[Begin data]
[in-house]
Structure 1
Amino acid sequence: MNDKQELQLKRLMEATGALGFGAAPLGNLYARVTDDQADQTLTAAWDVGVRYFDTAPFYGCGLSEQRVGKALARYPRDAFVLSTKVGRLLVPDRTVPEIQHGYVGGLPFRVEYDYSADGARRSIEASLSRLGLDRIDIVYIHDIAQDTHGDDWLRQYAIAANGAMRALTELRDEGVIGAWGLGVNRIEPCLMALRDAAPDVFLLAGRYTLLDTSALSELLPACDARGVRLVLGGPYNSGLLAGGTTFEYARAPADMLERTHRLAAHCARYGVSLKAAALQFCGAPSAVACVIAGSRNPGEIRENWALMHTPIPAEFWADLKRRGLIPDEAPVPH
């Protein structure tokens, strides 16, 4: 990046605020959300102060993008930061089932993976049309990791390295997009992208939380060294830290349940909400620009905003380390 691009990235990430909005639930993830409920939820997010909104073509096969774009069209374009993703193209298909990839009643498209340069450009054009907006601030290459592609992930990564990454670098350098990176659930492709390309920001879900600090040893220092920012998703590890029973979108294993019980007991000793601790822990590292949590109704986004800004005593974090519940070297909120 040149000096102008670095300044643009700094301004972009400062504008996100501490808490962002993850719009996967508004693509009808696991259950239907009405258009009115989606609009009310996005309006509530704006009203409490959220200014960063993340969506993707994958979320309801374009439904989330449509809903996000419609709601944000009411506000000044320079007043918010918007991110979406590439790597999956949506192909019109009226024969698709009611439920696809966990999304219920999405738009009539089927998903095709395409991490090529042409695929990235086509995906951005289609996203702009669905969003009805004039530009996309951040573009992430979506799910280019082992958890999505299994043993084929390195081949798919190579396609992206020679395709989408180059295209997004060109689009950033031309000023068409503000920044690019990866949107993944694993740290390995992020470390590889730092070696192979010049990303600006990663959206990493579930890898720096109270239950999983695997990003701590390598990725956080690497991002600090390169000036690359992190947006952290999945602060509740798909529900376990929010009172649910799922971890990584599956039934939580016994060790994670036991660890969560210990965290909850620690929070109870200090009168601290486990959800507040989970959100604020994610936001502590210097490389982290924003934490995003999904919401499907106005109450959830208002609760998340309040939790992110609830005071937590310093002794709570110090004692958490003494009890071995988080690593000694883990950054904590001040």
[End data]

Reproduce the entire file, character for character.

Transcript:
[in-house]
Structure 1
Amino acid sequence: MNDKQELQLKRLMEATGALGFGAAPLGNLYARVTDDQADQTLTAAWDVGVRYFDTAPFYGCGLSEQRVGKALARYPRDAFVLSTKVGRLLVPDRTVPEIQHGYVGGLPFRVEYDYSADGARRSIEASLSRLGLDRIDIVYIHDIAQDTHGDDWLRQYAIAANGAMRALTELRDEGVIGAWGLGVNRIEPCLMALRDAAPDVFLLAGRYTLLDTSALSELLPACDARGVRLVLGGPYNSGLLAGGTTFEYARAPADMLERTHRLAAHCARYGVSLKAAALQFCGAPSAVACVIAGSRNPGEIRENWALMHTPIPAEFWADLKRRGLIPDEAPVPH
């Protein structure tokens, strides 16, 4: 990046605020959300102060993008930061089932993976049309990791390295997009992208939380060294830290349940909400620009905003380390 691009990235990430909005639930993830409920939820997010909104073509096969774009069209374009993703193209298909990839009643498209340069450009054009907006601030290459592609992930990564990454670098350098990176659930492709390309920001879900600090040893220092920012998703590890029973979108294993019980007991000793601790822990590292949590109704986004800004005593974090519940070297909120 040149000096102008670095300044643009700094301004972009400062504008996100501490808490962002993850719009996967508004693509009808696991259950239907009405258009009115989606609009009310996005309006509530704006009203409490959220200014960063993340969506993707994958979320309801374009439904989330449509809903996000419609709601944000009411506000000044320079007043918010918007991110979406590439790597999956949506192909019109009226024969698709009611439920696809966990999304219920999405738009009539089927998903095709395409991490090529042409695929990235086509995906951005289609996203702009669905969003009805004039530009996309951040573009992430979506799910280019082992958890999505299994043993084929390195081949798919190579396609992206020679395709989408180059295209997004060109689009950033031309000023068409503000920044690019990866949107993944694993740290390995992020470390590889730092070696192979010049990303600006990663959206990493579930890898720096109270239950999983695997990003701590390598990725956080690497991002600090390169000036690359992190947006952290999945602060509740798909529900376990929010009172649910799922971890990584599956039934939580016994060790994670036991660890969560210990965290909850620690929070109870200090009168601290486990959800507040989970959100604020994610936001502590210097490389982290924003934490995003999904919401499907106005109450959830208002609760998340309040939790992110609830005071937590310093002794709570110090004692958490003494009890071995988080690593000694883990950054904590001040």